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What is this Gluten-Free Craze all About?

Gluten Free Hype

Gluten Free Hype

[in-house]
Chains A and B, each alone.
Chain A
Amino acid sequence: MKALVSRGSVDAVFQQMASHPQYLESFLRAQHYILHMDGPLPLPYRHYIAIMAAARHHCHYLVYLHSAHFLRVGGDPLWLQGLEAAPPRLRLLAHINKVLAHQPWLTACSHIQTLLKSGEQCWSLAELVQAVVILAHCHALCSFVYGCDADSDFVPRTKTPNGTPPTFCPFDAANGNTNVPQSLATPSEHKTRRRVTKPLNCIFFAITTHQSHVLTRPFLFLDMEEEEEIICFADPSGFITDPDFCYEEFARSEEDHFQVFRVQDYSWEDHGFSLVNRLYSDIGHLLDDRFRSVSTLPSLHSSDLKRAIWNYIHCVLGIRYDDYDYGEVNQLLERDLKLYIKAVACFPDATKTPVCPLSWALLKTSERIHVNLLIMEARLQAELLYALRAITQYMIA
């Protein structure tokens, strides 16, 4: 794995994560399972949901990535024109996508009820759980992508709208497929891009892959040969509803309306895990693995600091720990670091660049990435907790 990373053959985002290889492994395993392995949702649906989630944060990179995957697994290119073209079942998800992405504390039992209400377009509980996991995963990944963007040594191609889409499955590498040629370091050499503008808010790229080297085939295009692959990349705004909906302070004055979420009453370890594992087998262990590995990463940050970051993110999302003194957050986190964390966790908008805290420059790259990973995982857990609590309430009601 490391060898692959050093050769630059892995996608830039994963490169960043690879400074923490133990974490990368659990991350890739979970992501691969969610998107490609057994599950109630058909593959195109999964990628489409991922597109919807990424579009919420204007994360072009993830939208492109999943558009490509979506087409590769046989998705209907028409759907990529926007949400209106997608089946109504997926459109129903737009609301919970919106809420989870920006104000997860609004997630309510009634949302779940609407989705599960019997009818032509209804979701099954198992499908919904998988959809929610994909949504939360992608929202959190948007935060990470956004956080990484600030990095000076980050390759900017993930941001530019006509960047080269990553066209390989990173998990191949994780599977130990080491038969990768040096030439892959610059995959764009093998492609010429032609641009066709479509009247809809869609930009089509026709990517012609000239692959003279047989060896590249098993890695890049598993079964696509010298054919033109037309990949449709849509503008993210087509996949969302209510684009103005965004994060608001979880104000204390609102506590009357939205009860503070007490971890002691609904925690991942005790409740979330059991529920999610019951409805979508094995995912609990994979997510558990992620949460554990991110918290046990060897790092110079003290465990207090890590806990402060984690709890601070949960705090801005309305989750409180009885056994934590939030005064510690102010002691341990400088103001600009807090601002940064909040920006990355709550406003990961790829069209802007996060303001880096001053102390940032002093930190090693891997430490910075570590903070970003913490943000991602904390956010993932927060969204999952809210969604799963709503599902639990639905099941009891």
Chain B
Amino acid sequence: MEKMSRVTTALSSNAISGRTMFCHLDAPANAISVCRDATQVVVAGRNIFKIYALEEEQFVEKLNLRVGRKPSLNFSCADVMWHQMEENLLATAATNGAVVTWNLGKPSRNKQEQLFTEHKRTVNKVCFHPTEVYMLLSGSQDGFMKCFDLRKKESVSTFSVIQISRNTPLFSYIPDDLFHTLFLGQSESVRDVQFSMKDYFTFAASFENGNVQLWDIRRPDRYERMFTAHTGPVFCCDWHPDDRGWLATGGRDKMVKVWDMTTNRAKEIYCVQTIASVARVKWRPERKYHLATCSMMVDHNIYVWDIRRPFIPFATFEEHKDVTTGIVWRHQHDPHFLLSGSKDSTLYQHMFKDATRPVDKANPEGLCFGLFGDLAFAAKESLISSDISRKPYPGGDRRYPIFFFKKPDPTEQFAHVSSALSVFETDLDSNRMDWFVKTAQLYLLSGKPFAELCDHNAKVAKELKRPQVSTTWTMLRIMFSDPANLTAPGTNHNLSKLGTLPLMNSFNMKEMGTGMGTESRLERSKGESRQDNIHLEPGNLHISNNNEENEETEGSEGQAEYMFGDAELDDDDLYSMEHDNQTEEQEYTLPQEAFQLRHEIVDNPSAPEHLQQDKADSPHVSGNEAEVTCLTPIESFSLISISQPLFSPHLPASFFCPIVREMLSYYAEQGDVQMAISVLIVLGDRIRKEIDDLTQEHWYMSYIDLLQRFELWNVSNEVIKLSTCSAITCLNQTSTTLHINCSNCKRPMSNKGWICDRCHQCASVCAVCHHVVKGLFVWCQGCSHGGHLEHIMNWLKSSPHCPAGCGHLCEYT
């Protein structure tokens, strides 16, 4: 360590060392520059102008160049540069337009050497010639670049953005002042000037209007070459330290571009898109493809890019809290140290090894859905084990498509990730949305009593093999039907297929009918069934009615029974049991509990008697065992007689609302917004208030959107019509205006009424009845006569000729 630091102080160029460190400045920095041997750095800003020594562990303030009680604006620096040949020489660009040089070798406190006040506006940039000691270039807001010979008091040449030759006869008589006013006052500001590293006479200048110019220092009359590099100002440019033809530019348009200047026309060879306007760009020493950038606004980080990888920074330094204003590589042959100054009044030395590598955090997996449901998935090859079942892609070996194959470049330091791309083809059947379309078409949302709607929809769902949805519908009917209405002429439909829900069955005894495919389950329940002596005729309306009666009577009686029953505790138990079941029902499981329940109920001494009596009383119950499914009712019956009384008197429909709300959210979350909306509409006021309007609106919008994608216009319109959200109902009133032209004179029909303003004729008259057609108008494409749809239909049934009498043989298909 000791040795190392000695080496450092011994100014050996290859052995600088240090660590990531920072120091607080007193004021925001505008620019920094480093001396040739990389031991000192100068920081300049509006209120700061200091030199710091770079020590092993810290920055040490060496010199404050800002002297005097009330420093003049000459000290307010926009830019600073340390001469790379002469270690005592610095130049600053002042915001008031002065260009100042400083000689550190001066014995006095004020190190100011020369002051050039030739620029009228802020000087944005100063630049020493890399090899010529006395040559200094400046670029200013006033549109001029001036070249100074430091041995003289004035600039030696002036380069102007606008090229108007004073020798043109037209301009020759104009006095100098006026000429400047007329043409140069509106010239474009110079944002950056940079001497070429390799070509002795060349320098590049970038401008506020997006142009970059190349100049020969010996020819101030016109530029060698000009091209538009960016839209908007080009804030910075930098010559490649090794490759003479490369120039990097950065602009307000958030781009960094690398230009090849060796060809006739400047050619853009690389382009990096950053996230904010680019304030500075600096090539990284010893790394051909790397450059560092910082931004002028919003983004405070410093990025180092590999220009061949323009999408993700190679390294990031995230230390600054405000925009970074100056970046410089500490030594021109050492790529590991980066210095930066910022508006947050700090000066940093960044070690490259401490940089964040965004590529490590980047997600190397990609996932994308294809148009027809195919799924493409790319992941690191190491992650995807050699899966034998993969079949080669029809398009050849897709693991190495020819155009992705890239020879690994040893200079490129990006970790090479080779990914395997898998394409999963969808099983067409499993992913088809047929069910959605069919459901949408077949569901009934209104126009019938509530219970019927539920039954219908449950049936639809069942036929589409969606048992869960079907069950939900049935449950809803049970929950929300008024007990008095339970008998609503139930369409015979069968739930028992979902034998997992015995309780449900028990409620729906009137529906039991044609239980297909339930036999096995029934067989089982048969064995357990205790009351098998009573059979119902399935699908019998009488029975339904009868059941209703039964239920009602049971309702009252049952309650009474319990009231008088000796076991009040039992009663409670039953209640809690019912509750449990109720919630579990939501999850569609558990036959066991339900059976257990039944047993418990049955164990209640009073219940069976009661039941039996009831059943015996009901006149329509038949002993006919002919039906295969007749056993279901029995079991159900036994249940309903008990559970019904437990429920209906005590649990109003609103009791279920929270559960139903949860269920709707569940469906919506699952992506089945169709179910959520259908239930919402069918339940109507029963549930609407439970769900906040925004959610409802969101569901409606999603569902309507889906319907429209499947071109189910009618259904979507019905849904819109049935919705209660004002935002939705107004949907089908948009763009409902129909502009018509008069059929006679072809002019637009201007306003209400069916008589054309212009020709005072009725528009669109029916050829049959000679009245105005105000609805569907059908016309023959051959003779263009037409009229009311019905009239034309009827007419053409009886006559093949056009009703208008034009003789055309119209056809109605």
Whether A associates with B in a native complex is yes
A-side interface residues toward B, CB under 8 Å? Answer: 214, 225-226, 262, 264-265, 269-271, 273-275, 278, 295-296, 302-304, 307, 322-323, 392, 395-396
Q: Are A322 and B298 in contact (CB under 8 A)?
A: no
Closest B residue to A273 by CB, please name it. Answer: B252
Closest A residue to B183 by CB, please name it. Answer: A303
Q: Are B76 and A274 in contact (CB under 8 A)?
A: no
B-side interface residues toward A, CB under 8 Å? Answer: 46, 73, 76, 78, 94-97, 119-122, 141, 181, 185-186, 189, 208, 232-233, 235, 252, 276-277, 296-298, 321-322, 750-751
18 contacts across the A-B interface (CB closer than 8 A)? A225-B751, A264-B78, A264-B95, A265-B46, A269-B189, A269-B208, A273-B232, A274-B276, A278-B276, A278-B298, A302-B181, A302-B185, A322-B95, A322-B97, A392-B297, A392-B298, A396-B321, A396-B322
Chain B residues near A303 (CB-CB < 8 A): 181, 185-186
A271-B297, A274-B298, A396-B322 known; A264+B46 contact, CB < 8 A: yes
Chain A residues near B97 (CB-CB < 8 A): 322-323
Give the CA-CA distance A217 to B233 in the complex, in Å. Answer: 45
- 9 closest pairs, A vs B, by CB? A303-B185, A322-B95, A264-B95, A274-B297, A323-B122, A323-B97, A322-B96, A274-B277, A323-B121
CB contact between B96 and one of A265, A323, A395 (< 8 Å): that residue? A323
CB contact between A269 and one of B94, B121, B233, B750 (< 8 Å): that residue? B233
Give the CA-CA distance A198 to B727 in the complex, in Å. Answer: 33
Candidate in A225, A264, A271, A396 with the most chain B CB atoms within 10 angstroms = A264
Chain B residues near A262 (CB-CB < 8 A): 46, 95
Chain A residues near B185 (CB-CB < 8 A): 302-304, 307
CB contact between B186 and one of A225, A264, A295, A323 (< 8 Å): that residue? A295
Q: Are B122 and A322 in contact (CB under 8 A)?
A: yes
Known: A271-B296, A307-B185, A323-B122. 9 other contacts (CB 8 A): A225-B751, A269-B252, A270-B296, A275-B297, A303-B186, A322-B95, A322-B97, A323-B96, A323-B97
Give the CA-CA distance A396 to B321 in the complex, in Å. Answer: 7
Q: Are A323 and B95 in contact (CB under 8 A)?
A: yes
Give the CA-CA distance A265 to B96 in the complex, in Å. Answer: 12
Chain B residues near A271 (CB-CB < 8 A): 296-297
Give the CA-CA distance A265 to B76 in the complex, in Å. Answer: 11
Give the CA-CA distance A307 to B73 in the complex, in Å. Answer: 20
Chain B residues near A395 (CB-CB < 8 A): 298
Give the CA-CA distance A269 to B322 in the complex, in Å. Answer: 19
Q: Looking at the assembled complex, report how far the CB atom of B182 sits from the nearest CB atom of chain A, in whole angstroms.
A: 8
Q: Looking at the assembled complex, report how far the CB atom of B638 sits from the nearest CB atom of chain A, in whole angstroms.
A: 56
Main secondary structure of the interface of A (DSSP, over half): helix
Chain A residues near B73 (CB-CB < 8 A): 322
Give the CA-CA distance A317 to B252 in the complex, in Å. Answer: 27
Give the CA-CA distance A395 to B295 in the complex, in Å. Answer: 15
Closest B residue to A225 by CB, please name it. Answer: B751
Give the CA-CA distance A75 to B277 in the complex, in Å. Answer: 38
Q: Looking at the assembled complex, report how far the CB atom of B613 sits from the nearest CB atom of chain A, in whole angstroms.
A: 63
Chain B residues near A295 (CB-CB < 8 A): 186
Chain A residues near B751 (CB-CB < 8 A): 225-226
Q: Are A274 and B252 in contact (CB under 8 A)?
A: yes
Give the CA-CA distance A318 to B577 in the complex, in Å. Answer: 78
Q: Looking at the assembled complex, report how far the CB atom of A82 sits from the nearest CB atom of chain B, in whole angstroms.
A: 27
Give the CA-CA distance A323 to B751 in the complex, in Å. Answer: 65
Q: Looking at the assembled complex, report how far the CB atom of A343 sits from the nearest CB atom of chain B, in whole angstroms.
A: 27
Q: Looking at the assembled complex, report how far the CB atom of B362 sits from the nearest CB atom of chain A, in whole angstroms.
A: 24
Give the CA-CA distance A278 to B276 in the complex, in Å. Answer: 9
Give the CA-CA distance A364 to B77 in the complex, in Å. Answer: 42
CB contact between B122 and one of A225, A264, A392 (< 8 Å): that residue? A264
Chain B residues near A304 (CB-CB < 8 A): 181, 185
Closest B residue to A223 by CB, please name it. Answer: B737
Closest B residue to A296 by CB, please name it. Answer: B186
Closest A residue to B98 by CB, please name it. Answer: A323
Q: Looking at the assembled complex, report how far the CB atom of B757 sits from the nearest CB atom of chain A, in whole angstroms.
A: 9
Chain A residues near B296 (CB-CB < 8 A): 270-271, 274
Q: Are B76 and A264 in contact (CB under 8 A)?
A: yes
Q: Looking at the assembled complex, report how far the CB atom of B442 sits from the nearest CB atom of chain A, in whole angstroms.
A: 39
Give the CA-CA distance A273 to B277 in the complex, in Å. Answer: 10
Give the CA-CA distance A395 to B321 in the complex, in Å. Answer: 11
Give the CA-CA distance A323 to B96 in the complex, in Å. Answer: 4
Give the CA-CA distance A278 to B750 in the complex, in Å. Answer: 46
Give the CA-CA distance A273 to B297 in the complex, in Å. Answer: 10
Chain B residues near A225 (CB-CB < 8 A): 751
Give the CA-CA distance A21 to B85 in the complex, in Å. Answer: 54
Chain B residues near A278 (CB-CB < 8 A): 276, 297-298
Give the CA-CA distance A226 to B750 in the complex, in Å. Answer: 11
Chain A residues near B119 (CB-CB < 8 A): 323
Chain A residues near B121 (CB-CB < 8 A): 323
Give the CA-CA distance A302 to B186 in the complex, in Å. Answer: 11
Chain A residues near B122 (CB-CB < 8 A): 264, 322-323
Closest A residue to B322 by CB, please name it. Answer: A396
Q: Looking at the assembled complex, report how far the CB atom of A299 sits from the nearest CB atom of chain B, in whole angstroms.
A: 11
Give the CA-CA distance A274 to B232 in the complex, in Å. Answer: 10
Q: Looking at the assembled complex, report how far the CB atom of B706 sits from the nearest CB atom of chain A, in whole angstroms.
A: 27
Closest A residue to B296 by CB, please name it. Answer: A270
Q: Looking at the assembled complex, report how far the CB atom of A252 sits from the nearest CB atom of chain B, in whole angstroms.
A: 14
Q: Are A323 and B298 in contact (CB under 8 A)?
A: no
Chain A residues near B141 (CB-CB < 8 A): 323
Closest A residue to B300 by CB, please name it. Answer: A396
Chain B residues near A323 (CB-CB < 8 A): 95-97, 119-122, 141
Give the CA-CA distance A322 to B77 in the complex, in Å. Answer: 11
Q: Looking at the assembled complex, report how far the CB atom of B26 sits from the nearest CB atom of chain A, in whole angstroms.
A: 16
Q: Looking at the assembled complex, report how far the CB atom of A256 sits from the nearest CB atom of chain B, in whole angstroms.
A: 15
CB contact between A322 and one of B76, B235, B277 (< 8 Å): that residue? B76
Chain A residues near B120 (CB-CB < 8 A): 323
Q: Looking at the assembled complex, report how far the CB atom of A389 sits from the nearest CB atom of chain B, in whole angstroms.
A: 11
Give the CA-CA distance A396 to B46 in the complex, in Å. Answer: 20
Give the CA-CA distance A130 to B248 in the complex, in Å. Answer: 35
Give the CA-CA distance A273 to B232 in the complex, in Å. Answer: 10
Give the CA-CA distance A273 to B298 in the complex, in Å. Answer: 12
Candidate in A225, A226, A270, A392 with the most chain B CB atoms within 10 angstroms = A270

Everywhere you look, someone or something is touting the benefits of going gluten-free. You might be wondering if you should be eliminating gluten or cutting back on it, or even what the heck gluten is. Gluten is a protein composite found in wheat, spelt, barley and rye. Some people are allergic to gluten and have severe reactions when it is ingested. This is known as celiac disease. Others are sensitive to gluten and have more mild reactions like headaches, belly bloat, brain fog or skin issues. There has been a dramatic increase within the last 50 years of people being diagnosed with celiac disease or gluten intolerances. The big question is: Why is this happening now when humans have been eating wheat for thousands of years? Although the answer to this question is not known, there are many speculations. One thought is that the primary wheat produced today is a very different variation than before. The wheat we eat now is said to contain a different type of gluten and 50 times more of it than the wheat of our ancestors. The standard American diet is also more carbohydrate-heavy than it ever was in years past. With all of these factors, many people’s bodies can’t help but have negative side effects. While there is a blood test that can determine if you have celiac disease, determining if you have a gluten intolerance requires a different approach. The best way to do this is to remove gluten from your diet for at least 7 days. Then reintroduce it and listen to what your body is telling you. If you experience digestion issues, headaches, decreased energy, skin issues, moodiness/depression, or any other symptom that results in you not thriving, there is a good chance you have a gluten intolerance. In this case, the best option is not to simply remove wheat products from your diet and add in gluten-free labeled products to take their place. Instead, replacing gluten products with whole foods, naturally high in vitamins and minerals, is optimal. There are many whole grains such as quinoa (stay tuned for next week’s Spotlight On Quinoa article), millet, buckwheat and amaranth that can fill the gap in your diet that pasta or bread once held. Although making these changes might sound overwhelming if you have a lot of gluten products in your diet, try substituting one item at a time. If you enjoy a lot of pasta, start using brown rice instead. If you eat waffles in the morning, try making yourself oatmeal instead. One small change at a time is the best way to permanently sustain a healthier lifestyle.

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